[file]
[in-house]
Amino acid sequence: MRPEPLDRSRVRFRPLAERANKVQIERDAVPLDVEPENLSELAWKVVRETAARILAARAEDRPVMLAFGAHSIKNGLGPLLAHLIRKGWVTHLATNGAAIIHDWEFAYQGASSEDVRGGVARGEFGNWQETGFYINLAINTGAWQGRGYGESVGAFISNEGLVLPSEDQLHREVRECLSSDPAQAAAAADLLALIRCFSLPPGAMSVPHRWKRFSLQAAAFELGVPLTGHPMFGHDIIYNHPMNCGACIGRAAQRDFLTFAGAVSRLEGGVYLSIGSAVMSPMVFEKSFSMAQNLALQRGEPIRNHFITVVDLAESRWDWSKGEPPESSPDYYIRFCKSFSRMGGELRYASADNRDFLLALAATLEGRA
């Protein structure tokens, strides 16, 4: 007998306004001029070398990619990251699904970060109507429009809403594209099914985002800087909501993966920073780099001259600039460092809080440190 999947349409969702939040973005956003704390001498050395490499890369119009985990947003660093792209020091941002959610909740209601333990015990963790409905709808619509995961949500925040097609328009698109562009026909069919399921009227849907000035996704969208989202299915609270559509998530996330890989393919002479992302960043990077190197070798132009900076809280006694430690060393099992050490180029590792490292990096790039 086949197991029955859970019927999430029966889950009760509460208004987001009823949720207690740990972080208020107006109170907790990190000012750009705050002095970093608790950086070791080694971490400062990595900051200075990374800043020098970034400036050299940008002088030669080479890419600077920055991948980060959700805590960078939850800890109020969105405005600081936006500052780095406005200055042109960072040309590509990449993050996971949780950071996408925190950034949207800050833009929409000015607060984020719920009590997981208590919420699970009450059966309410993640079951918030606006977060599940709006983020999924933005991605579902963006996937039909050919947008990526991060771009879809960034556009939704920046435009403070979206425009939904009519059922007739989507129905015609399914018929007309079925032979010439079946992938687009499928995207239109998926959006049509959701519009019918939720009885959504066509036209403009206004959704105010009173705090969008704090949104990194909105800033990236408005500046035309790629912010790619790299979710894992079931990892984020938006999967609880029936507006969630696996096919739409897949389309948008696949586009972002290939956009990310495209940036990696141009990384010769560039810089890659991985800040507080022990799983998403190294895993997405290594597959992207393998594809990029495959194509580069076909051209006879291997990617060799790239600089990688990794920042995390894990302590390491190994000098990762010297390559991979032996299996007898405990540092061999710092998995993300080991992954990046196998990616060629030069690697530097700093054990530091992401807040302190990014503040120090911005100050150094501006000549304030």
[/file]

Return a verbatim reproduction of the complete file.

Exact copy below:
[in-house]
Amino acid sequence: MRPEPLDRSRVRFRPLAERANKVQIERDAVPLDVEPENLSELAWKVVRETAARILAARAEDRPVMLAFGAHSIKNGLGPLLAHLIRKGWVTHLATNGAAIIHDWEFAYQGASSEDVRGGVARGEFGNWQETGFYINLAINTGAWQGRGYGESVGAFISNEGLVLPSEDQLHREVRECLSSDPAQAAAAADLLALIRCFSLPPGAMSVPHRWKRFSLQAAAFELGVPLTGHPMFGHDIIYNHPMNCGACIGRAAQRDFLTFAGAVSRLEGGVYLSIGSAVMSPMVFEKSFSMAQNLALQRGEPIRNHFITVVDLAESRWDWSKGEPPESSPDYYIRFCKSFSRMGGELRYASADNRDFLLALAATLEGRA
């Protein structure tokens, strides 16, 4: 007998306004001029070398990619990251699904970060109507429009809403594209099914985002800087909501993966920073780099001259600039460092809080440190 999947349409969702939040973005956003704390001498050395490499890369119009985990947003660093792209020091941002959610909740209601333990015990963790409905709808619509995961949500925040097609328009698109562009026909069919399921009227849907000035996704969208989202299915609270559509998530996330890989393919002479992302960043990077190197070798132009900076809280006694430690060393099992050490180029590792490292990096790039 086949197991029955859970019927999430029966889950009760509460208004987001009823949720207690740990972080208020107006109170907790990190000012750009705050002095970093608790950086070791080694971490400062990595900051200075990374800043020098970034400036050299940008002088030669080479890419600077920055991948980060959700805590960078939850800890109020969105405005600081936006500052780095406005200055042109960072040309590509990449993050996971949780950071996408925190950034949207800050833009929409000015607060984020719920009590997981208590919420699970009450059966309410993640079951918030606006977060599940709006983020999924933005991605579902963006996937039909050919947008990526991060771009879809960034556009939704920046435009403070979206425009939904009519059922007739989507129905015609399914018929007309079925032979010439079946992938687009499928995207239109998926959006049509959701519009019918939720009885959504066509036209403009206004959704105010009173705090969008704090949104990194909105800033990236408005500046035309790629912010790619790299979710894992079931990892984020938006999967609880029936507006969630696996096919739409897949389309948008696949586009972002290939956009990310495209940036990696141009990384010769560039810089890659991985800040507080022990799983998403190294895993997405290594597959992207393998594809990029495959194509580069076909051209006879291997990617060799790239600089990688990794920042995390894990302590390491190994000098990762010297390559991979032996299996007898405990540092061999710092998995993300080991992954990046196998990616060629030069690697530097700093054990530091992401807040302190990014503040120090911005100050150094501006000549304030």